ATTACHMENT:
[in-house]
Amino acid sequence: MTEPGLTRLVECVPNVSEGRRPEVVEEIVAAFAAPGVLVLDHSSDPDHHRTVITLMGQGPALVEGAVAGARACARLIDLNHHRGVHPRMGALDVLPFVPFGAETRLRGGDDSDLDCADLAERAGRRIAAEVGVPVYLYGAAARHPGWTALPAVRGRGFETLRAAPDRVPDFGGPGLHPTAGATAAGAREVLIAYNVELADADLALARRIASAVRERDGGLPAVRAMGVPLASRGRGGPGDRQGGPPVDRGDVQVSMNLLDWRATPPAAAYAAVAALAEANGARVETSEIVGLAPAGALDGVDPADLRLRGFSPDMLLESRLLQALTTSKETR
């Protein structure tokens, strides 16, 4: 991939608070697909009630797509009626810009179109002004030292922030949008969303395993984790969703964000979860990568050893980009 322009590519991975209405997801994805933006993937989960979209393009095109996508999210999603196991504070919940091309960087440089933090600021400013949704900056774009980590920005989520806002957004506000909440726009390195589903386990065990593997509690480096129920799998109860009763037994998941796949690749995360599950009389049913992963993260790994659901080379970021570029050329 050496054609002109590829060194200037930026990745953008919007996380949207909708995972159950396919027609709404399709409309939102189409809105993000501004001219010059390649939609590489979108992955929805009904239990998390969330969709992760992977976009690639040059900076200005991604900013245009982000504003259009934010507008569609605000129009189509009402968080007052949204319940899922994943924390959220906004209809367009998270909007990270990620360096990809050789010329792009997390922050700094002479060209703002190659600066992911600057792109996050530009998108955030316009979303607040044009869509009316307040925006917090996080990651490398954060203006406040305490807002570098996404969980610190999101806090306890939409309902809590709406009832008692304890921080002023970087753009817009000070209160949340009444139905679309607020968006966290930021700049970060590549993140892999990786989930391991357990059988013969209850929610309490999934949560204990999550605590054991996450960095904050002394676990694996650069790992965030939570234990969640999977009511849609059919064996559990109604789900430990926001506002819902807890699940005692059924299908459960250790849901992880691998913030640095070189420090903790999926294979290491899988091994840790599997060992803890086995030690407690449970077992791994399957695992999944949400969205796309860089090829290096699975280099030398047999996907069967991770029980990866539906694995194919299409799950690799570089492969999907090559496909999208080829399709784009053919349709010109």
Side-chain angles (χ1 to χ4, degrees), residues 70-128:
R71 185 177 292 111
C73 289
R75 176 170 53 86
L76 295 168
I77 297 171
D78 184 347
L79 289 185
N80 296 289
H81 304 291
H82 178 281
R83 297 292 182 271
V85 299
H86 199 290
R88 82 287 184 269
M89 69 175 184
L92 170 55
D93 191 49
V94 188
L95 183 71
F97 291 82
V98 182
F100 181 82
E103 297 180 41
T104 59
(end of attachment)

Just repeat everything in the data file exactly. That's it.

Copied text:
[in-house]
Amino acid sequence: MTEPGLTRLVECVPNVSEGRRPEVVEEIVAAFAAPGVLVLDHSSDPDHHRTVITLMGQGPALVEGAVAGARACARLIDLNHHRGVHPRMGALDVLPFVPFGAETRLRGGDDSDLDCADLAERAGRRIAAEVGVPVYLYGAAARHPGWTALPAVRGRGFETLRAAPDRVPDFGGPGLHPTAGATAAGAREVLIAYNVELADADLALARRIASAVRERDGGLPAVRAMGVPLASRGRGGPGDRQGGPPVDRGDVQVSMNLLDWRATPPAAAYAAVAALAEANGARVETSEIVGLAPAGALDGVDPADLRLRGFSPDMLLESRLLQALTTSKETR
């Protein structure tokens, strides 16, 4: 991939608070697909009630797509009626810009179109002004030292922030949008969303395993984790969703964000979860990568050893980009 322009590519991975209405997801994805933006993937989960979209393009095109996508999210999603196991504070919940091309960087440089933090600021400013949704900056774009980590920005989520806002957004506000909440726009390195589903386990065990593997509690480096129920799998109860009763037994998941796949690749995360599950009389049913992963993260790994659901080379970021570029050329 050496054609002109590829060194200037930026990745953008919007996380949207909708995972159950396919027609709404399709409309939102189409809105993000501004001219010059390649939609590489979108992955929805009904239990998390969330969709992760992977976009690639040059900076200005991604900013245009982000504003259009934010507008569609605000129009189509009402968080007052949204319940899922994943924390959220906004209809367009998270909007990270990620360096990809050789010329792009997390922050700094002479060209703002190659600066992911600057792109996050530009998108955030316009979303607040044009869509009316307040925006917090996080990651490398954060203006406040305490807002570098996404969980610190999101806090306890939409309902809590709406009832008692304890921080002023970087753009817009000070209160949340009444139905679309607020968006966290930021700049970060590549993140892999990786989930391991357990059988013969209850929610309490999934949560204990999550605590054991996450960095904050002394676990694996650069790992965030939570234990969640999977009511849609059919064996559990109604789900430990926001506002819902807890699940005692059924299908459960250790849901992880691998913030640095070189420090903790999926294979290491899988091994840790599997060992803890086995030690407690449970077992791994399957695992999944949400969205796309860089090829290096699975280099030398047999996907069967991770029980990866539906694995194919299409799950690799570089492969999907090559496909999208080829399709784009053919349709010109």
Side-chain angles (χ1 to χ4, degrees), residues 70-128:
R71 185 177 292 111
C73 289
R75 176 170 53 86
L76 295 168
I77 297 171
D78 184 347
L79 289 185
N80 296 289
H81 304 291
H82 178 281
R83 297 292 182 271
V85 299
H86 199 290
R88 82 287 184 269
M89 69 175 184
L92 170 55
D93 191 49
V94 188
L95 183 71
F97 291 82
V98 182
F100 181 82
E103 297 180 41
T104 59